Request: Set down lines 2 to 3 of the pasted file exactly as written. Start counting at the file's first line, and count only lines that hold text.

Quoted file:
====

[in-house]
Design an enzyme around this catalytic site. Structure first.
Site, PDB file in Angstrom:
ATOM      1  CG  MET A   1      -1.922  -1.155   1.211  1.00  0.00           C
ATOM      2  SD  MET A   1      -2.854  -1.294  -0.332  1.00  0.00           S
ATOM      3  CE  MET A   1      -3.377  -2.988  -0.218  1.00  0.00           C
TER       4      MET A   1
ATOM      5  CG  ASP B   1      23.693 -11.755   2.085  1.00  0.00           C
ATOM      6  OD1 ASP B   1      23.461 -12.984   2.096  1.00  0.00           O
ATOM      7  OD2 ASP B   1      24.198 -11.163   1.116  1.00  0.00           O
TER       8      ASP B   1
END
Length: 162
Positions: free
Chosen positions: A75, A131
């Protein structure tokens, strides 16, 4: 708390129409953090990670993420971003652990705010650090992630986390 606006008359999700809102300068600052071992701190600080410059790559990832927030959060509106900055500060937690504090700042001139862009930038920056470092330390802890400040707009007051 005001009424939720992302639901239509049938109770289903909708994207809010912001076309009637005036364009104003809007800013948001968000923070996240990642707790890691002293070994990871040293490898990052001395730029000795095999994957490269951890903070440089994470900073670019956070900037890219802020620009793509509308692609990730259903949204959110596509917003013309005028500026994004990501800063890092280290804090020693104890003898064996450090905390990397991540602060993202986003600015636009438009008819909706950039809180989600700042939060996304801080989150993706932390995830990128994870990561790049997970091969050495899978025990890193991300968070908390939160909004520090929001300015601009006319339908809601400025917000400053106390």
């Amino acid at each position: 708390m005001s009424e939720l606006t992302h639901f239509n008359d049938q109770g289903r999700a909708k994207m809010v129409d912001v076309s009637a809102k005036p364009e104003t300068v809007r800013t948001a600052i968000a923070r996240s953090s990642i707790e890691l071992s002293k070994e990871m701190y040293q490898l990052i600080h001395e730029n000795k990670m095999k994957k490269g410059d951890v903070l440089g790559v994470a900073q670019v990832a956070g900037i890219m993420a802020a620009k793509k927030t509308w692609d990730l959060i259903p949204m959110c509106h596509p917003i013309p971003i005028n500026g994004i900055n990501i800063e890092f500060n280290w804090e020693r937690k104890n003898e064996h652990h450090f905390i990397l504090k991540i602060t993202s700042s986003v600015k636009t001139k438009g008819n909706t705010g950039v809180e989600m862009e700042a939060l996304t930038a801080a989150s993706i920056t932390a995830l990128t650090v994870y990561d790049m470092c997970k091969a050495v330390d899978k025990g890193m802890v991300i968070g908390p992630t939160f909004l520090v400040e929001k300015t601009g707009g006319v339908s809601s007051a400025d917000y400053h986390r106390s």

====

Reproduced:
Design an enzyme around this catalytic site. Structure first.
Site, PDB file in Angstrom: